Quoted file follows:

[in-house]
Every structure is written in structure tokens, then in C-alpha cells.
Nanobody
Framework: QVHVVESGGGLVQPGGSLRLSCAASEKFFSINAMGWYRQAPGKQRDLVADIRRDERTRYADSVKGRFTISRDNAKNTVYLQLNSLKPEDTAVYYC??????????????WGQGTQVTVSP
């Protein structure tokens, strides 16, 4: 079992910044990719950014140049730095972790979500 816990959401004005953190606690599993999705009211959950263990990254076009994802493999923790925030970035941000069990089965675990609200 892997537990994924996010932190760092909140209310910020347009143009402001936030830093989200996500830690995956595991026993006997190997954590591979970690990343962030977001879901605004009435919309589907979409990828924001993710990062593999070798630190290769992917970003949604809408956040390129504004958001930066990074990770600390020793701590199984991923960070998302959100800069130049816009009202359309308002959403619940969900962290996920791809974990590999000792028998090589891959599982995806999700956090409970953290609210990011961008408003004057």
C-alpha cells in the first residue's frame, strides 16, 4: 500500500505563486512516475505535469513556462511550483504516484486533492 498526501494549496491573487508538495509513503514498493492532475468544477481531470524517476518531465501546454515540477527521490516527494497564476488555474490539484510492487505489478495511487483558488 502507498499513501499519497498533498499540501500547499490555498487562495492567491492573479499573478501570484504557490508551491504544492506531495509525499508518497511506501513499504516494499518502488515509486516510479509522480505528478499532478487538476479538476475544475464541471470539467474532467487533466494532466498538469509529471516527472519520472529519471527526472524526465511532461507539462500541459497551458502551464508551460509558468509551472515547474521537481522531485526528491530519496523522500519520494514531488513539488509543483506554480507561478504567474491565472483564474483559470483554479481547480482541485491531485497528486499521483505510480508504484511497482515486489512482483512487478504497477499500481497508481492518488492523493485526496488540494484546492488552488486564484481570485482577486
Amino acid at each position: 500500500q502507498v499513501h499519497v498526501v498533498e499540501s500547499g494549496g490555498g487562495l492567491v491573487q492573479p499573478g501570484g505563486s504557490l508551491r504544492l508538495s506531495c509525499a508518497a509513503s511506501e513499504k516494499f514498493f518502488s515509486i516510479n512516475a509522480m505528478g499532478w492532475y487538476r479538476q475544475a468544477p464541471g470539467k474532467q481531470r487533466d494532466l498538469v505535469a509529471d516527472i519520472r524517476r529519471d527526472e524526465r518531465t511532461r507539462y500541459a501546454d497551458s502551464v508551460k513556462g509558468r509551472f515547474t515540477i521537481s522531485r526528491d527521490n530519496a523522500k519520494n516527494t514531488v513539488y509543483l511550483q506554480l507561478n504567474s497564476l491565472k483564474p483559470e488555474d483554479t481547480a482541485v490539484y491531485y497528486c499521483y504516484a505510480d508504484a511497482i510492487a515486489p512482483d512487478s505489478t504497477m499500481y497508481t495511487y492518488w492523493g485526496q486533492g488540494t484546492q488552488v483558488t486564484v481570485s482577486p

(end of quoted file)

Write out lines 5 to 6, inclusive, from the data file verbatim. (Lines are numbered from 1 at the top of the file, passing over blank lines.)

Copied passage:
């Protein structure tokens, strides 16, 4: 079992910044990719950014140049730095972790979500 816990959401004005953190606690599993999705009211959950263990990254076009994802493999923790925030970035941000069990089965675990609200 892997537990994924996010932190760092909140209310910020347009143009402001936030830093989200996500830690995956595991026993006997190997954590591979970690990343962030977001879901605004009435919309589907979409990828924001993710990062593999070798630190290769992917970003949604809408956040390129504004958001930066990074990770600390020793701590199984991923960070998302959100800069130049816009009202359309308002959403619940969900962290996920791809974990590999000792028998090589891959599982995806999700956090409970953290609210990011961008408003004057």
C-alpha cells in the first residue's frame, strides 16, 4: 500500500505563486512516475505535469513556462511550483504516484486533492 498526501494549496491573487508538495509513503514498493492532475468544477481531470524517476518531465501546454515540477527521490516527494497564476488555474490539484510492487505489478495511487483558488 502507498499513501499519497498533498499540501500547499490555498487562495492567491492573479499573478501570484504557490508551491504544492506531495509525499508518497511506501513499504516494499518502488515509486516510479509522480505528478499532478487538476479538476475544475464541471470539467474532467487533466494532466498538469509529471516527472519520472529519471527526472524526465511532461507539462500541459497551458502551464508551460509558468509551472515547474521537481522531485526528491530519496523522500519520494514531488513539488509543483506554480507561478504567474491565472483564474483559470483554479481547480482541485491531485497528486499521483505510480508504484511497482515486489512482483512487478504497477499500481497508481492518488492523493485526496488540494484546492488552488486564484481570485482577486